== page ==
For the next two and a half weeks, Sydney will be celebrating WorldPride 2023, an international LGBTQIA+ festival which will draw an estimated 500,000 people.

Timothy Cootes posted a caustic review on MercatorNet earlier this week. I found it deeply disturbing. Let me explain.

First, I know exactly how he feels because I have the same reaction. I am so tired of having gay ideology shoved down my throat, from pedestrian street crossings painted in rainbow colours to the ABC TV’s weather reporter, Nate, gushing how overwhelmingly exciting the WorldPride celebration is and the weather for it will be perfect!.

I believe that if you say to some Pride enthusiasts that the sky is blue, they will reply that blue is a colour in the gay flag. Everything – and I mean everything – is looked at through a gay lens.

Second, I feel it’s not right for me to feel like this. I have a lot of sympathy for gay people and their struggles to correct wrongful discrimination and I am appalled by what they have suffered in the past and still do suffer in some countries. I also believe we must accept people as they are and recognise their rights of self-determination – excluding, of course, evil doing or harming others.

I have learnt and still learn much from gay friends, especially two wonderful physicians with whom I have been close friends and a colleague for over 30 years – we’ve co-authored many bioethics articles. They are not partners; both are openly gay, but non-hysterical gay. Consequently, I was very surprised when I was living in Montreal and asked one if he would like to come to the Pride Parade with me, he refused. He said that did not reflect what he or his long-term partner felt about themselves as gay men. They both have a rich sense of personal identity, with diverse elements, of which being gay is an important one.

I was anathema in the gay community in the same-sex marriage debate for opposing same-sex marriage. I did so on the basis that I believed children had a right to both a mother and a father, if possible, their own biological parents, and same sex marriage abolished that right. I supported civil unions because they would not have affected children’s rights and would have given same-sex couples privileges and protections enjoyed by opposite-sex couples and to which same-sex couples had a right.

During the HIV/AIDS epidemic, when we didn’t know what the cause was and gay men were being targeted as pariahs, I tried to defend them from breaches of their human rights and they recognised and lauded that. When I spoke against same-sex marriage one of the most heart-breaking emails I received was: “Why have you turned on us?”

Third, without meaning any disrespect to Timothy Cootes, negativity, scorn, and condemnation are the wrong approach.  

This approach is why people with more traditional or conservative values have been so unsuccessful in having those values prevail. We need to give people positive reasons to consider and, one hopes, accept them not just rail against the people who have so-called “progressive” values.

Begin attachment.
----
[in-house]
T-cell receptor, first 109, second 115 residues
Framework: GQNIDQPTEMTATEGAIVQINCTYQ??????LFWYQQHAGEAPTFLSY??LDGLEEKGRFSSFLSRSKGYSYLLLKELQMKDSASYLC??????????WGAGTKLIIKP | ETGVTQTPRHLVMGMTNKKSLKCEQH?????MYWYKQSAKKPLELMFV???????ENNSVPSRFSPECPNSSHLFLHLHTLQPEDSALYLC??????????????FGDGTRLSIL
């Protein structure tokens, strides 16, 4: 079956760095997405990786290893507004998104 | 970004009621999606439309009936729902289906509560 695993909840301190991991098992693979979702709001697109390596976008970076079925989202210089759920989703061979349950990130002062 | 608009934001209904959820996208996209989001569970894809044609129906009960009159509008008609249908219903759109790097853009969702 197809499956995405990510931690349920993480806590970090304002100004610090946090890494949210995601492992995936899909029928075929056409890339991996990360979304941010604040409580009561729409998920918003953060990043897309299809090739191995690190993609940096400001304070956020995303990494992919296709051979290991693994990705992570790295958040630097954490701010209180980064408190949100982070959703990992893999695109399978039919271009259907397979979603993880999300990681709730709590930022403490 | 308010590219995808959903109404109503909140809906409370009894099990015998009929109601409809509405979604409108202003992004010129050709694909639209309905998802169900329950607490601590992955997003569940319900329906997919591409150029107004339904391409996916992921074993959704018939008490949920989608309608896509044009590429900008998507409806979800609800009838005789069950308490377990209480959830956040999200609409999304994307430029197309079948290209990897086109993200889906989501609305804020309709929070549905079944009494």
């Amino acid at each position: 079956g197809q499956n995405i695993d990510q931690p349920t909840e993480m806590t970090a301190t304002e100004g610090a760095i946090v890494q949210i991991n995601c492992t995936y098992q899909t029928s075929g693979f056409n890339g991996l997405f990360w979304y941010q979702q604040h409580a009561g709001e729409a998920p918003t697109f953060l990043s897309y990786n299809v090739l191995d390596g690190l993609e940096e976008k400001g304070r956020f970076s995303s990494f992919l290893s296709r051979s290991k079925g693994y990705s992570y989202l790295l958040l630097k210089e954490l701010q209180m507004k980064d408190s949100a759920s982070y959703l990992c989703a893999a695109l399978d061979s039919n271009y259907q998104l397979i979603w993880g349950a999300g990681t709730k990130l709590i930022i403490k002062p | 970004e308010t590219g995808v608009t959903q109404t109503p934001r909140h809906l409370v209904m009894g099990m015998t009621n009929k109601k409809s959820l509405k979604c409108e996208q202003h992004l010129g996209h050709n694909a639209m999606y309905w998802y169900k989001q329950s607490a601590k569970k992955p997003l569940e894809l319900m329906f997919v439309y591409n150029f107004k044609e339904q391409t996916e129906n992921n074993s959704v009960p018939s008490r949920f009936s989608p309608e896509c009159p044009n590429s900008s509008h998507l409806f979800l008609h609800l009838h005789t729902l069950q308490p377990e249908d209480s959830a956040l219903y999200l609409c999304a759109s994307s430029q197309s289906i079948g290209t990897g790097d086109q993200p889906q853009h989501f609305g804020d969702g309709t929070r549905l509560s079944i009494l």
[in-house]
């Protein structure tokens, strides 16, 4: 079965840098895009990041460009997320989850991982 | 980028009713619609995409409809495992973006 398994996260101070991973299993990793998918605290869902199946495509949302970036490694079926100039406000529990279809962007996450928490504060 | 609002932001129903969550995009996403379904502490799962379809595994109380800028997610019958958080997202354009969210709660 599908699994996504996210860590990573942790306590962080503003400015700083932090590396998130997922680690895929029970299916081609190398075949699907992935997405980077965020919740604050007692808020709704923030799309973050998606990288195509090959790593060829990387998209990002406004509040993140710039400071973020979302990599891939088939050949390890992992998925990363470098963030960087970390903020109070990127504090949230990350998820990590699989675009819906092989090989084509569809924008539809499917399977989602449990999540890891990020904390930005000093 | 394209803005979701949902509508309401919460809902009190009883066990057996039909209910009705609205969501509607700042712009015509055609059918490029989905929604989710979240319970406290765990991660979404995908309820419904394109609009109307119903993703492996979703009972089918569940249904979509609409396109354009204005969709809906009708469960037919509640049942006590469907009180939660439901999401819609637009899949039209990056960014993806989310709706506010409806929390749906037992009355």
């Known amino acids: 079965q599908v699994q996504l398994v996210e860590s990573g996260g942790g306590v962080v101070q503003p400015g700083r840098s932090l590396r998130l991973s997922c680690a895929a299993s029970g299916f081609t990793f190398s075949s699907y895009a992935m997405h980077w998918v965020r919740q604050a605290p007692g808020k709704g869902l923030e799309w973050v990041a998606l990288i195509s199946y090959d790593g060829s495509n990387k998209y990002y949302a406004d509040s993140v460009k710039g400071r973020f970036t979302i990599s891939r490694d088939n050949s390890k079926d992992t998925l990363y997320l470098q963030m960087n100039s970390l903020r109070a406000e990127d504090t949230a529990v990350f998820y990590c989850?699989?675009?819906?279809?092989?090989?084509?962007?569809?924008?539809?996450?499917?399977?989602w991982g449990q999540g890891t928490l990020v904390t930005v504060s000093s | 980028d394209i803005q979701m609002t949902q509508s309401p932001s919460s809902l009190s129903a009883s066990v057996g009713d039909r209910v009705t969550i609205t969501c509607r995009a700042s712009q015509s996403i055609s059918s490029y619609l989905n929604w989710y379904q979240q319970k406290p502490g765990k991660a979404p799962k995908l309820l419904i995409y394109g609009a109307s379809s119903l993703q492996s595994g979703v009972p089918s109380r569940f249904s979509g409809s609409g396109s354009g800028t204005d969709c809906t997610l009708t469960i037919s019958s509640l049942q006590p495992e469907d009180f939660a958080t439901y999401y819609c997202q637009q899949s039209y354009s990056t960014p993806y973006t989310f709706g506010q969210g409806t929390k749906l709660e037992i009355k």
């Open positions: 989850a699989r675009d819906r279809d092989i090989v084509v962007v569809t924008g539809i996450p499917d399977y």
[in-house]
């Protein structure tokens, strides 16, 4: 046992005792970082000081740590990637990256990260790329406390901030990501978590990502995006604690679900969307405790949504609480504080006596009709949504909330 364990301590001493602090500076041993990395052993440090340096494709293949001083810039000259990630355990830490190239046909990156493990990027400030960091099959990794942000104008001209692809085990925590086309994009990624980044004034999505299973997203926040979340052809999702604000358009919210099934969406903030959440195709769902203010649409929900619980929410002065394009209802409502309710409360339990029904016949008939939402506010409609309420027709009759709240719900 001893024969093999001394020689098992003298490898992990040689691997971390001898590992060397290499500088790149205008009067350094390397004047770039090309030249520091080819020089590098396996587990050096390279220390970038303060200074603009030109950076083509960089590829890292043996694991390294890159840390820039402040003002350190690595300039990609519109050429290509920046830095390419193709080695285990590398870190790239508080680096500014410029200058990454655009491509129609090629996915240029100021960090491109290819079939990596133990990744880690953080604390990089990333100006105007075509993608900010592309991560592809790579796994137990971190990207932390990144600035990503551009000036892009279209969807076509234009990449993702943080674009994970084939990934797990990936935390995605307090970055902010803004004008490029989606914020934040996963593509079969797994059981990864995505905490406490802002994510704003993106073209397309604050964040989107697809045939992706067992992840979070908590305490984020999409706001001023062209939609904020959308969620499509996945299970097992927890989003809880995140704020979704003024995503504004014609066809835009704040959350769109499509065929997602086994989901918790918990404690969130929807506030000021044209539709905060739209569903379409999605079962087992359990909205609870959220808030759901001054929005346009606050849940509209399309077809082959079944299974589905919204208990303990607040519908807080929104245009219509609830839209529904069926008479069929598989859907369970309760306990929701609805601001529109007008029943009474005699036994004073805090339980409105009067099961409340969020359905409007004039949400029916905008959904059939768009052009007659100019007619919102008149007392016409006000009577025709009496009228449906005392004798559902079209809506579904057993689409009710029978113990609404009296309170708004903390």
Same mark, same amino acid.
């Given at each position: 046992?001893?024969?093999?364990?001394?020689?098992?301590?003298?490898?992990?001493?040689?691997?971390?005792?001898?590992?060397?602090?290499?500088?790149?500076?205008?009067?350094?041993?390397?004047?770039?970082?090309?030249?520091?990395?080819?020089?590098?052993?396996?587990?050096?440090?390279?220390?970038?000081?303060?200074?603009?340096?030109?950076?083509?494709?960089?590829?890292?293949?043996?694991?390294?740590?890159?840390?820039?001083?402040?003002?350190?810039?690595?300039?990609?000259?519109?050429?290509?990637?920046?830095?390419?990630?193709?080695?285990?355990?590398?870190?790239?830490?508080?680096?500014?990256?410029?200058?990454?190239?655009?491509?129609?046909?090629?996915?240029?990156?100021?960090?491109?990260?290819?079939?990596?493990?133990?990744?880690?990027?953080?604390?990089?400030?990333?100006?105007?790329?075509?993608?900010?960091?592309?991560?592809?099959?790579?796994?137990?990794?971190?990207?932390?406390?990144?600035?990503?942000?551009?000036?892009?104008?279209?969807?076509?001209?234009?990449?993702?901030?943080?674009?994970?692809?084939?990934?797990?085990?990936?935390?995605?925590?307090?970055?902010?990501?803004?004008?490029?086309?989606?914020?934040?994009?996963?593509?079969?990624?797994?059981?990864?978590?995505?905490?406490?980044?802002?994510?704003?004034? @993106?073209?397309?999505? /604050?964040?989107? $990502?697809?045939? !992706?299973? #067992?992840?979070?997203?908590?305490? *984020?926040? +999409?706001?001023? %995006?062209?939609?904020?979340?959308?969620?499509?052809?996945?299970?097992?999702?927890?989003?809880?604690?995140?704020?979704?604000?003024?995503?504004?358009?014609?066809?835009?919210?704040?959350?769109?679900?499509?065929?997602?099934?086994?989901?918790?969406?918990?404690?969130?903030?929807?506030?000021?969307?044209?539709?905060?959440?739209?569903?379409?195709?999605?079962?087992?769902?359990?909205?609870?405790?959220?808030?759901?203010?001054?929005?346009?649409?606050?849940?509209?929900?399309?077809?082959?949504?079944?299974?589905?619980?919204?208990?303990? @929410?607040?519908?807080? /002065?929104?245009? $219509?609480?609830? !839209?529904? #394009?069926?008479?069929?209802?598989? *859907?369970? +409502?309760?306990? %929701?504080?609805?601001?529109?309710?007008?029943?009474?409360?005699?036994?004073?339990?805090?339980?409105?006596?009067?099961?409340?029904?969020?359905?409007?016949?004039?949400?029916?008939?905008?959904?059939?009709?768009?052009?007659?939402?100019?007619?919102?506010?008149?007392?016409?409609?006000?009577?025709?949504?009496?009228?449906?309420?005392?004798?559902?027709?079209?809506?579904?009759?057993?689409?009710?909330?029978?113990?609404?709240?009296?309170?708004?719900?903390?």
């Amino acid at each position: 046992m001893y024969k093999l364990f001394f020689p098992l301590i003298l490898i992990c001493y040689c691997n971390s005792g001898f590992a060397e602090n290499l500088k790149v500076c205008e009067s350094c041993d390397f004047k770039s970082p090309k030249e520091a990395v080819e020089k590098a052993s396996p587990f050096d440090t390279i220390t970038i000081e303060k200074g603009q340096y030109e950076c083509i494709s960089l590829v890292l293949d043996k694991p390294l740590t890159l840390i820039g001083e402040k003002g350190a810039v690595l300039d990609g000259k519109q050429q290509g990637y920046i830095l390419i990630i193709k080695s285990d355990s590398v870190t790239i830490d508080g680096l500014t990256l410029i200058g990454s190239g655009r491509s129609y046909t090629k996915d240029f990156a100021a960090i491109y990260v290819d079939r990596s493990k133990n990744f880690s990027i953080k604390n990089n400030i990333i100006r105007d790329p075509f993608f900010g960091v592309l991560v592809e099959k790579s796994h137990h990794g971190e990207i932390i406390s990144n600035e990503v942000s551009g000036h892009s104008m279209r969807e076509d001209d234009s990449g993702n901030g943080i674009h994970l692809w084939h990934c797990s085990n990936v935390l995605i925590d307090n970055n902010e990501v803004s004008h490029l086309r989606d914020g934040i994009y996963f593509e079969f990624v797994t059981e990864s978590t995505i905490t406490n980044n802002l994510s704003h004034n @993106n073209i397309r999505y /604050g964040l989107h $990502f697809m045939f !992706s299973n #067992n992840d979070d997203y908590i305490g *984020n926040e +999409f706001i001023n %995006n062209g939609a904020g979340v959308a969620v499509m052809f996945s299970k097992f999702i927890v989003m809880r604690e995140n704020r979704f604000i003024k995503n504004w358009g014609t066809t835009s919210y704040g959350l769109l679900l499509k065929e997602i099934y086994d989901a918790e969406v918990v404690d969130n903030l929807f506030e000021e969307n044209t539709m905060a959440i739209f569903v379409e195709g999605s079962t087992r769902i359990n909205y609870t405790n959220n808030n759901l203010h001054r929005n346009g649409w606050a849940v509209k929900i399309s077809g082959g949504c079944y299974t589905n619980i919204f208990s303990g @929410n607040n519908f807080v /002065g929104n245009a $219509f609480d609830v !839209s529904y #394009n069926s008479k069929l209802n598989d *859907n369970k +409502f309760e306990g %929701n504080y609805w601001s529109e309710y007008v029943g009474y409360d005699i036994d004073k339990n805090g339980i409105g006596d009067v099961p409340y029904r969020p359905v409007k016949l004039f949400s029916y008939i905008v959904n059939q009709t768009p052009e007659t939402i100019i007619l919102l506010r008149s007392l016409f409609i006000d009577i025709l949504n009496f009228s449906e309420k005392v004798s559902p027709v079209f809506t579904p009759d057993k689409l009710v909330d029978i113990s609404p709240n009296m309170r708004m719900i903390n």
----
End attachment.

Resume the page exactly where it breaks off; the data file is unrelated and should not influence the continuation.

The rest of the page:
We need to act with moral humility, that is, realise we are all morally fallible; listen carefully to those who disagree with us and certainly not sneer at them.

Opponents need the openness to step out of their own skins sometimes and try to imagine how other people feel. That helps them not only to be more understanding of those who disagree with them, but also to see the strengths and weaknesses of their own standpoint. For instance, they should attempt the mental experiment of comparing the exuberance of thousands of young Catholics for World Youth Day, which like WorldPride, was held in Sydney (and attended by Pope Benedict XVI) with the upcoming extravaganza. Some of the similarities and analogies might surprise them — and analysing the relevant differences is a more fruitful way of discussing WorldPride than mocking it.

In fact, I do sense some similarities. For example, is “Pride” a “secular religion”? Is the Pride Festival a quasi-religious celebration?

I think that it is important to point out that the LGBTQIA+ grouping is not a cohesive community. A former brilliant law student of mine at McGill University in Montreal was a leader in the Canadian gay community and is now a professor of human rights law at King’s College in London, Robert Wintemute.

He emailed me a few weeks ago. He had accepted invitations to give a series of lectures across the country, arguing that LGB (Lesbian, Gay and Bisexual) issues were different from T (transgender) issues and that the two groups and their issues should be dealt with separately.

He was met with a storm of protest that became headline news in Canada. Transgender people and their advocates blocked his presentation to staff and students at McGill, his alma mater.

In conclusion, I believe Timothy Cootes’ recent article in MercatorNet was harmful rather than helpful to the cause of those who are worried about the promotion of LGBTQIA+ ideology, especially on impressionable children and young adults. Each side of a debate must respect the other side, because respect can only exist if it is mutual.

Having written this article, I fear that a comment by one of my students will again be applicable: “Professor Somerville, you have everyone angry with you.” He added, however, “That might mean that you are on to something very important.” I hope so!

Margaret Somerville AM, DSG, FRSC, FRSN, DCL is Professor of Bioethics at the University of Notre Dame Australia School of Medicine (Sydney campus). She is also Samuel Gale Professor of Law Emerita, Professor...